Losing Ogden shouldn't hurt Ravens
Even with Jonathan Ogden's retirement, the history of teams' losing good linemen gives Ravens fans a reason for optimism.
|How the 45 teams that lost a top lineman fared the next season|
|Stat||With Top 5 OL||Without Top 5 OL||Change|
|How the 15 teams that lost a Pro Bowl lineman fared the next season|
|Stat||With Pro Bowl OL||Without Pro Bowl OL||Change|
The numbers look pretty similar, don't they? The stat that seems the most significant is running back yards per carry, but the adjusted line yards numbers suggest we're seeing 15 teams whose running backs declined, not 15 teams that suffered because they lost Pro Bowl blockers.It seems odd that teams don't seem to struggle when they lose a top blocker.
But plenty of examples say otherwise. We know that the New York Jets had no way to replace Pete Kendall last season, that the Seattle Seahawks had problems without Steve Hutchinson, and that the Kansas City Chiefs' offense completely crumbled without Roaf and Shields. On the other hand, LeCharles Bentley was supposed to be the only good lineman for New Orleans in 2005, but he signed with the Browns and never played a down for them, whereas the Saints had a miracle season without him. Ruben Brown left Buffalo for Chicago in 2004, but the Bills nearly doubled their scoring.Perhaps the best example of a team losing good linemen without a problem is the 1999-2000 Minnesota Vikings. The Vikings were the only team to lose two Pro Bowl linemen in the same offseason, when Jeff Christy and Randall McDaniel both left for Tampa Bay. Without them, the Vikings finished within two points of their scoring total from the year before. They allowed fewer sacks per pass play, and the running backs collectively went from 4.3 yards per carry in 1999 to 5.0 yards per carry in 2000. Do these numbers mean that good offensive linemen are overrated in general? Not at all. Not many top linemen are like Ogden and play their entire careers for one franchise. There might be surprisingly little impact when a team's offense loses a top lineman, but there's a major impact when it adds one. Remember our group of 45 top linemen who left their teams between 1999 and 2007? Ten of those players either retired or signed with expansion teams, and another was Stringer. This is what happened to the offenses that signed the other 34 top linemen:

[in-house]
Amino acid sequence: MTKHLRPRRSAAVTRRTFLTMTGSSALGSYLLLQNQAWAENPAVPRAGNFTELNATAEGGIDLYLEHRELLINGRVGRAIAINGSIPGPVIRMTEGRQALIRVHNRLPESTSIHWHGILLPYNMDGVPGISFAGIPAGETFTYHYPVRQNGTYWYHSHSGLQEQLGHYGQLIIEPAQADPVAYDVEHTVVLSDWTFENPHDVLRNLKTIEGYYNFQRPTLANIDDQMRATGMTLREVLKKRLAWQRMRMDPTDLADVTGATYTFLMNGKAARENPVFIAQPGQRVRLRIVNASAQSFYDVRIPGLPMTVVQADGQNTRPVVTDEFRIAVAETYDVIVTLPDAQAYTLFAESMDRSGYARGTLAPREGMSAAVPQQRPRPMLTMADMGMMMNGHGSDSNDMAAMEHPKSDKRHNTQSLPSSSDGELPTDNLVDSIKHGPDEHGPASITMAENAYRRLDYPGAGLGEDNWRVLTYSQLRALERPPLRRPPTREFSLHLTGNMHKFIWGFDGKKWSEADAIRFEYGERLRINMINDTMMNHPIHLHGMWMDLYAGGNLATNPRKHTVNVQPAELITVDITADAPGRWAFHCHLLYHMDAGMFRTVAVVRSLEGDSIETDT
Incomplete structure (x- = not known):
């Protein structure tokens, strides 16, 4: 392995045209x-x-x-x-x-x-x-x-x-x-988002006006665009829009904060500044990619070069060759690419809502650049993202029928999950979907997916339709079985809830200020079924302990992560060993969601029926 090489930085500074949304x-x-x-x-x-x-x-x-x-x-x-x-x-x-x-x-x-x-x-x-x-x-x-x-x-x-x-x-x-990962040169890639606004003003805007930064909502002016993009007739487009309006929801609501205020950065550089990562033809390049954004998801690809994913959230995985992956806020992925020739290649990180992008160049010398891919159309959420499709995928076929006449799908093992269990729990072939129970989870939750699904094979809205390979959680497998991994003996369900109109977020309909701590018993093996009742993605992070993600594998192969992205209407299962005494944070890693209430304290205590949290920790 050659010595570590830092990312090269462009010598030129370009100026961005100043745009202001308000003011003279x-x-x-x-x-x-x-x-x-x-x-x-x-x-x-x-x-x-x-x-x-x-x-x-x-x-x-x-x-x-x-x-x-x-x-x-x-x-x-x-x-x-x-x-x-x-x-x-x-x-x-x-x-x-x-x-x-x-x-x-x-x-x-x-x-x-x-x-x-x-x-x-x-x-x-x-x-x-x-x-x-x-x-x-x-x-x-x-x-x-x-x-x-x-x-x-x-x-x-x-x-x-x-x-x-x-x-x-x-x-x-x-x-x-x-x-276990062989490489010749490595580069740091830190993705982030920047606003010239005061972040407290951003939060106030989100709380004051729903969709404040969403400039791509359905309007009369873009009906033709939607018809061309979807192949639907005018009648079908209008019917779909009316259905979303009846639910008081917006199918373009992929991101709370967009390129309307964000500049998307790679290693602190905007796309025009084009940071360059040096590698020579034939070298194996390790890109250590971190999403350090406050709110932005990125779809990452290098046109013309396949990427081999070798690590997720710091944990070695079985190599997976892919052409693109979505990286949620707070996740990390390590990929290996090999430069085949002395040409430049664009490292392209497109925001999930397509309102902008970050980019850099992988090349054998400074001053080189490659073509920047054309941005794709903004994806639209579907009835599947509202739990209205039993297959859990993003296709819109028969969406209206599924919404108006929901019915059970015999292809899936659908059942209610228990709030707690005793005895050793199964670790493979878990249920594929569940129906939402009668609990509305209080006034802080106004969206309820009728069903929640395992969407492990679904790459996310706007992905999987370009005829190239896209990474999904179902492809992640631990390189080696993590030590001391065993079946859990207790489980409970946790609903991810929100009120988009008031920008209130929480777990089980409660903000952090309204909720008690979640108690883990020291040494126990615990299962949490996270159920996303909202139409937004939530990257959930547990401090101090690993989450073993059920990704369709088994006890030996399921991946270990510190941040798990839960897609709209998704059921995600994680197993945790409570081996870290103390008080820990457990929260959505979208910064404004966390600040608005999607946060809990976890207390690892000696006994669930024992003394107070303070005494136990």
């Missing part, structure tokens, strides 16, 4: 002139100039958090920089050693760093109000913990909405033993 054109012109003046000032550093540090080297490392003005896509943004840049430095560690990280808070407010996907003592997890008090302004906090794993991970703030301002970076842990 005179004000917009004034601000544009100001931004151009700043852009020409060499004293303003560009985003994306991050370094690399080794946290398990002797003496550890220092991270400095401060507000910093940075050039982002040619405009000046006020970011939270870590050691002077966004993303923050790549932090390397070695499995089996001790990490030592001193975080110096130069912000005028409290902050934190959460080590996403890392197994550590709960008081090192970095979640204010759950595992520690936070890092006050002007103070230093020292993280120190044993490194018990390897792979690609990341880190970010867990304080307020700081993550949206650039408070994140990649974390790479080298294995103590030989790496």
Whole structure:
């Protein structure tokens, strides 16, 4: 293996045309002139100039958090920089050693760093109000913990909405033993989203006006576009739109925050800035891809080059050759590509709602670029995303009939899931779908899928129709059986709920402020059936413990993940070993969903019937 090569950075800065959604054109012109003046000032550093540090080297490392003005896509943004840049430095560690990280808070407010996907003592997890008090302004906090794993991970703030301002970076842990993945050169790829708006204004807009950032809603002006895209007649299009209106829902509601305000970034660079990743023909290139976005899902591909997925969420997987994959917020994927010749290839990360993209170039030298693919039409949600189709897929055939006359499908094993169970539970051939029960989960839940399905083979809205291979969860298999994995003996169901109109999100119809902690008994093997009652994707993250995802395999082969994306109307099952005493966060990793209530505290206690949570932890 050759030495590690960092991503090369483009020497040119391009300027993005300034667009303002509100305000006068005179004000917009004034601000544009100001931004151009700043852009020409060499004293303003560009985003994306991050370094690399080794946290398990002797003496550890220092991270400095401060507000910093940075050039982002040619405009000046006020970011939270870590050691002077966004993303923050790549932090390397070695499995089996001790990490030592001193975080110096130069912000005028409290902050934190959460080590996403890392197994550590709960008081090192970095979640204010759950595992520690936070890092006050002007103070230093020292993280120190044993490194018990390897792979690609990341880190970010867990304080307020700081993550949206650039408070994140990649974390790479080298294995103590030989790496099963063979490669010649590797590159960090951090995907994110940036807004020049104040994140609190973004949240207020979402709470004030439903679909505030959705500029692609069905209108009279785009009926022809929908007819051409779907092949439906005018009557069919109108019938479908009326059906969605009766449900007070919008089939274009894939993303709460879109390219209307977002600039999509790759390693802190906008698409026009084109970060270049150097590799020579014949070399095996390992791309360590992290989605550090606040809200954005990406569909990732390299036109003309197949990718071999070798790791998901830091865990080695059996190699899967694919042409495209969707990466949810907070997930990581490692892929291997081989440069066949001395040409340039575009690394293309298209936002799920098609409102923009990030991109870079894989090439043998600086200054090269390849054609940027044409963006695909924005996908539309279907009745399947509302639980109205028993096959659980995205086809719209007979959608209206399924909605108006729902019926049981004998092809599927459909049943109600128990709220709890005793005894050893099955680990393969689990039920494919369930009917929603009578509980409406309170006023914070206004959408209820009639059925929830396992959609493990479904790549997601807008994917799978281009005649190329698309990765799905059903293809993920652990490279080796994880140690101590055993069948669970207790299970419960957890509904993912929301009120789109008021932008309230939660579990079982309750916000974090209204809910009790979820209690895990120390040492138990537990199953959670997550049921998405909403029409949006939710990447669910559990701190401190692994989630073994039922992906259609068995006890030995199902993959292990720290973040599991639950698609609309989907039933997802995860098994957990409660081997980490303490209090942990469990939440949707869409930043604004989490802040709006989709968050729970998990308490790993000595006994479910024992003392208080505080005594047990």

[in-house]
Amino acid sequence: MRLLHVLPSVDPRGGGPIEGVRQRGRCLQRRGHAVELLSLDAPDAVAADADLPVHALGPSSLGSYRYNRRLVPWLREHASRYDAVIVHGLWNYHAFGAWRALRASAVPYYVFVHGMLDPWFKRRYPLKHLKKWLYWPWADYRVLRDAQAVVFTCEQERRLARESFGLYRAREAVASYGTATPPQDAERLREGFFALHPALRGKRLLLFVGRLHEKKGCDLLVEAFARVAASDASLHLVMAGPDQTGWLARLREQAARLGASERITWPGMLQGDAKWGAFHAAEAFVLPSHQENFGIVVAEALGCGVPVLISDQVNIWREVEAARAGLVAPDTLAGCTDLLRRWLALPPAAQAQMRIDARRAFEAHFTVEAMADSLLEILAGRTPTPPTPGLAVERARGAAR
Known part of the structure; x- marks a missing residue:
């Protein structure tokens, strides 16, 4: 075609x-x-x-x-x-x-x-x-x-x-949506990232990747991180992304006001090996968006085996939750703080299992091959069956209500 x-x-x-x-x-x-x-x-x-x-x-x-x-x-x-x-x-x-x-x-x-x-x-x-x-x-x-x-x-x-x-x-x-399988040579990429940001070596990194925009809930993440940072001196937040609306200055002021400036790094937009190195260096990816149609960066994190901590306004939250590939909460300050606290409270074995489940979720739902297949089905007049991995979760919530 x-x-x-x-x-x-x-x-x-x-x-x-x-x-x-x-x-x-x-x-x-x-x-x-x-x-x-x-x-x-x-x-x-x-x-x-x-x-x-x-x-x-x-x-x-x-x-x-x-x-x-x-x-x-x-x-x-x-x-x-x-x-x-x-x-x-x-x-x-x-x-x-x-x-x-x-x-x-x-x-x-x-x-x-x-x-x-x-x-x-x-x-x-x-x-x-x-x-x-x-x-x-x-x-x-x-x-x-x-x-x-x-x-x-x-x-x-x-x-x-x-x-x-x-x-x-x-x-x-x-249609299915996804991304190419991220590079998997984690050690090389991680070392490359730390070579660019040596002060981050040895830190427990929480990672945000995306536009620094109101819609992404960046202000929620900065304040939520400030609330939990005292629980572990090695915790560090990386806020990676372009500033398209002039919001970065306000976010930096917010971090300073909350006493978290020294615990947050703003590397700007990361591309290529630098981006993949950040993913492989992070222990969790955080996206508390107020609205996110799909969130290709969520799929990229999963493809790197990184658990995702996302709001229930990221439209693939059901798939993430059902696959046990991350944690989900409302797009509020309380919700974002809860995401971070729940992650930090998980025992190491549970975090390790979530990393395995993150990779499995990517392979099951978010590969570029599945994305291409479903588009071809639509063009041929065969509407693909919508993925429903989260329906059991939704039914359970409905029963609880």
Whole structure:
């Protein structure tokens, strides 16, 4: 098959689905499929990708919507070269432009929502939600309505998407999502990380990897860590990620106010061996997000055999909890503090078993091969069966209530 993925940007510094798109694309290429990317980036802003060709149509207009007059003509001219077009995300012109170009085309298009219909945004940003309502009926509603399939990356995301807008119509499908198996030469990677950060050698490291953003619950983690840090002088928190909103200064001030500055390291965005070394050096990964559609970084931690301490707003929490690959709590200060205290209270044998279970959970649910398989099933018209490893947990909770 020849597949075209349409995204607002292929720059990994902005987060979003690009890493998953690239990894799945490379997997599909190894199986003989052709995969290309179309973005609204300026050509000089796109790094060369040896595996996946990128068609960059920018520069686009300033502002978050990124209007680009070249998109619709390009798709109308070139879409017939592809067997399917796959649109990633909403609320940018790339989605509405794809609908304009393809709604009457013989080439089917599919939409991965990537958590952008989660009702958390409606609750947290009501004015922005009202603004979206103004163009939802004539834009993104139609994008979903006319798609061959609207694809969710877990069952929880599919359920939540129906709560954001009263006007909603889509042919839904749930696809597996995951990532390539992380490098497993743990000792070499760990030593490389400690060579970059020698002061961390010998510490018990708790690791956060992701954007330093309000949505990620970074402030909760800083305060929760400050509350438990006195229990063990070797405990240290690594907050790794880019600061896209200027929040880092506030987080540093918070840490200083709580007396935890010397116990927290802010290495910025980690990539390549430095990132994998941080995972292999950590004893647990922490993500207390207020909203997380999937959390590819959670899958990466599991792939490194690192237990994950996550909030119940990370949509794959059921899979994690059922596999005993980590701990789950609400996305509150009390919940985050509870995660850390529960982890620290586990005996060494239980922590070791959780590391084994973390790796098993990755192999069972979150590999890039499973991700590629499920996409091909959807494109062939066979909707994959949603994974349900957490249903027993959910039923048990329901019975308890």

|How the teams that signed 34 top lineman fared next season|
|Stat||Before Adding Top 5 OL||After Adding Top 5 OL||Change|
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